Law and Legal
Lin, Tom C. W., Artificial Intelligence, Finance, and the Law (November 4, 2019). 88 Fordham Law Review 531 (2019); Temple University Legal Studies Research Paper No. 2019-31. Available at SSRN: https://ssrn.com/abstract=3480607
“Artificial intelligence is an existential component of modern finance. The progress and promise realized and presented by artificial intelligence in finance has been thus far remarkable. It has made finance cheaper, faster, larger, more accessible, more profitable, and more efficient in many ways. Yet for all the significant progress and promise made possible by financial artificial intelligence, it also presents serious risks and limitations.
This Article offers a study of those risks and limitations—the ways artificial intelligence and misunderstandings of it can harm and hinder law, finance, and society. It provides a broad examination of inherent and structural risks and limitations present in financial artificial intelligence, explains the implications posed by such dangers, and offers some recommendations for the road ahead. Specifically, it highlights the perils and pitfalls of artificial codes, data bias, virtual threats, and systemic risks relating to financial artificial intelligence. It also raises larger issues about the implications of financial artificial intelligence on financial cybersecurity, competition, and society in the near future. Ultimately, this Article aspires to share an insightful perspective for thinking anew about the wide-ranging effects at the intersection of artificial intelligence, finance, and the law with the hopes of creating better financial artificial intelligence—one that is less artificial, more intelligent, and ultimately more humane, and more human.”
The Daily Dot: “We’re living in the Instagram age, an era dominated by photos and images, it’s often very hard to determine if the photo you are looking at has been altered or not; image enhancement is almost considered protocol when it comes to creating online content, and photo-editing apps are too plenty to count. Along with this, the internet is home to a thriving repost culture, making it hard to pinpoint where a photo came from, and whether or not you are seeing it straight from its original source. For both instances, there’s one thing you can do to investigate a picture’s origin and authenticity, and that’s to use Google reverse image search. It’s a very quick process to do on your computer’s Web browser, but if you intend to do a Google reverse image search through your smartphone, you’ll need to have the Chrome app installed. Here’s a quick guide…”
The Humane Gardener – You can have all the native plants you want, but you won’t have nearly as many wild visitors unless you also leave the leaves – “I opened the October issue of Consumer Reports with a feeling of mild dread. Every autumn, the magazine publishes an article extolling the virtues of leaf blowers, mowers, and other tools of destruction.A piece debating the pros and cons of vacuum functionality warned that leaf blowers might damage plants. But not to worry, the writer noted in the online version of the article: You can always switch to the vacuum mode instead! “If you have a small yard and are diligent about keeping up with leaves as they fall, or if you want to surgically suck up leaves from around bushes and flower beds, the vacuum mode on your leaf blower can save you time and effort.” Time, effort, money—these are the shortsighted reasons often cited for deploying weapons against nature. I could list dozens of reasons why leaf blowers and vacuums are counterproductive to all three of those goals…In an era of compounding losses, we need to focus not on saving ourselves from inconvenience but on saving lives instead. As I watch plants go to sleep for the winter, I think of all the animals who are doing so too, especially the ones who’ve been able to make a life here because we have enough leaves to help them through every season. From the luna moth to the wood frog, many of our wild residents need the ground layers that so many of our human neighbors are intent on blowing away. Some of the species featured here were new to our habitat this year—a testament to what can happen when we adopt an ethos of minimal disturbance to the land…”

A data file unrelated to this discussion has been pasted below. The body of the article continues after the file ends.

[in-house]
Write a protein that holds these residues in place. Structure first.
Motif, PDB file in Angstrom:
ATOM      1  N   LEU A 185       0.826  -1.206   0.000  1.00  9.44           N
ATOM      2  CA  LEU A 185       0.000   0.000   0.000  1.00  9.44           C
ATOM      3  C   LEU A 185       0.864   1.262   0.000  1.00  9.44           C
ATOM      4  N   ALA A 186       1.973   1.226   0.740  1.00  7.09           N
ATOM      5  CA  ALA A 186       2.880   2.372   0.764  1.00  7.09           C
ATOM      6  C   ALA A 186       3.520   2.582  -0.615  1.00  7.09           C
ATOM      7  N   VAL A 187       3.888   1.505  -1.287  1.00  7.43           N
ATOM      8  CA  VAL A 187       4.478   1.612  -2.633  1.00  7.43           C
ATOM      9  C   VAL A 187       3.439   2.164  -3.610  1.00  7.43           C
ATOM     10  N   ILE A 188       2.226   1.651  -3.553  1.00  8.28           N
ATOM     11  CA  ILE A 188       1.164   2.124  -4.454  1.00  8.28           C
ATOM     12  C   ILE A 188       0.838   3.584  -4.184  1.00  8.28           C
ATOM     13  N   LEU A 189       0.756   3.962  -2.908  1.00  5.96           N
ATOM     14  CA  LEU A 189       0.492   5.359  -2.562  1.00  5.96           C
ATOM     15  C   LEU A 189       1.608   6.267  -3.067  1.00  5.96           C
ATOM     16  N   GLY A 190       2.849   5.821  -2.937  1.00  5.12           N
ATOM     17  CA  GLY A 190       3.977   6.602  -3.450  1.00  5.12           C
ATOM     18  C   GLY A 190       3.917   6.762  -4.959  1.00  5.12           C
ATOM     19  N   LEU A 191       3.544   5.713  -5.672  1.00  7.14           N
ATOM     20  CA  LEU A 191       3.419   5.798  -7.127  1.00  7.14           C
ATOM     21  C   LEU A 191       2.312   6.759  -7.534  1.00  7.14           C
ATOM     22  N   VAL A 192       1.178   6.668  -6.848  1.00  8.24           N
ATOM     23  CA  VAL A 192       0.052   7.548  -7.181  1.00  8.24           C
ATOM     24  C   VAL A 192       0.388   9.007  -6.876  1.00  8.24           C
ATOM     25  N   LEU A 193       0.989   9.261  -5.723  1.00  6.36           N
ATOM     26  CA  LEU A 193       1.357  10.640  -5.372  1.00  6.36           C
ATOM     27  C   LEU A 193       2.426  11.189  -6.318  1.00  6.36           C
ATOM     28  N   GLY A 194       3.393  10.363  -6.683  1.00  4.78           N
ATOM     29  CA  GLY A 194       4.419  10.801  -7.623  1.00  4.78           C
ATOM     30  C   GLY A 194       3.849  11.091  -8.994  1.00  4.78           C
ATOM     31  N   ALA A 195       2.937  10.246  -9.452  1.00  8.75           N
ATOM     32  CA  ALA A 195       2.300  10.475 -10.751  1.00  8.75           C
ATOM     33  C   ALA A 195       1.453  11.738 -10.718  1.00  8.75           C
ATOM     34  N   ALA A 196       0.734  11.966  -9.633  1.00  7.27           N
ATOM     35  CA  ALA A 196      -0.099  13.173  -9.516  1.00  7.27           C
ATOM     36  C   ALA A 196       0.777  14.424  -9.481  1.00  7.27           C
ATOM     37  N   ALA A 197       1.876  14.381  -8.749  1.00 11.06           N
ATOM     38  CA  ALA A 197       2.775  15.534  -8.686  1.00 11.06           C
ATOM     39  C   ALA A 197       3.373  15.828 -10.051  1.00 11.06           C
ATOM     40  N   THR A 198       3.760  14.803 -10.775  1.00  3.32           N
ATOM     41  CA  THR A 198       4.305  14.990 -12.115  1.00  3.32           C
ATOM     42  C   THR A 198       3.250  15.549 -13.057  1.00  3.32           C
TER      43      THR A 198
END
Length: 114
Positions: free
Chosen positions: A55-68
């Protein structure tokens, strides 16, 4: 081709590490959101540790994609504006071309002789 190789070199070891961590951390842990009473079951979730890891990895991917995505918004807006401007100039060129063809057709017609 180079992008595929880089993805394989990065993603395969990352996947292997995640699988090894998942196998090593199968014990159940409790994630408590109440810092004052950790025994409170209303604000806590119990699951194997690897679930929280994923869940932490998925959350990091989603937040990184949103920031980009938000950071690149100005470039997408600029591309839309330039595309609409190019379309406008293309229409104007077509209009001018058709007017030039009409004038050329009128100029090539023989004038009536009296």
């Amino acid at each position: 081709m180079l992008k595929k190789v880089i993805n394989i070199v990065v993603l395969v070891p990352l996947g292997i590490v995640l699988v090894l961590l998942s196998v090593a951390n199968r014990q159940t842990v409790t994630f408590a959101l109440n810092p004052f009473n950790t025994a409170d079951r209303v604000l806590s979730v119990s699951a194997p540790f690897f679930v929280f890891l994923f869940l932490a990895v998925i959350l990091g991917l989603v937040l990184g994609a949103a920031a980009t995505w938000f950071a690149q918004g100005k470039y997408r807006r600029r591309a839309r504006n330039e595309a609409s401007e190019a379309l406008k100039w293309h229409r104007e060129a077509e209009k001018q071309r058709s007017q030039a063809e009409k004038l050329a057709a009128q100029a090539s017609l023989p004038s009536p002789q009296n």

“Europe has experienced a high level of immigration in recent years, driving debate about how countries should deal with immigrants when it comes to social services, security issues, deportation policies and integration efforts. Among these recently arrived immigrants are many who live in Europe without authorization. Coupled with unauthorized immigrants who were already in Europe, their numbers reach into the millions, though together they make up a small share of Europe’s total population. A new Pew Research Center analysis based on European data sources estimates that at least 3.9 million unauthorized immigrants – and possibly as many as 4.8 million – lived in Europe in 2017. The total is up from 2014, when 3.0 million to 3.7 million unauthorized migrants lived in Europe, but is little changed from a recent peak of 4.1 million to 5.3 million in 2016. Overall, unauthorized immigrants accounted for less than 1% of Europe’s total population of more than 500 million people living in the 28 European Union member states, including the United Kingdom, and four European Free Trade Association (EFTA) countries (Iceland, Liechtenstein, Norway and Switzerland). And among the roughly 24 million noncitizens of EU-EFTA countries living in Europe, fewer than one-fifth were unauthorized immigrants in 2017…”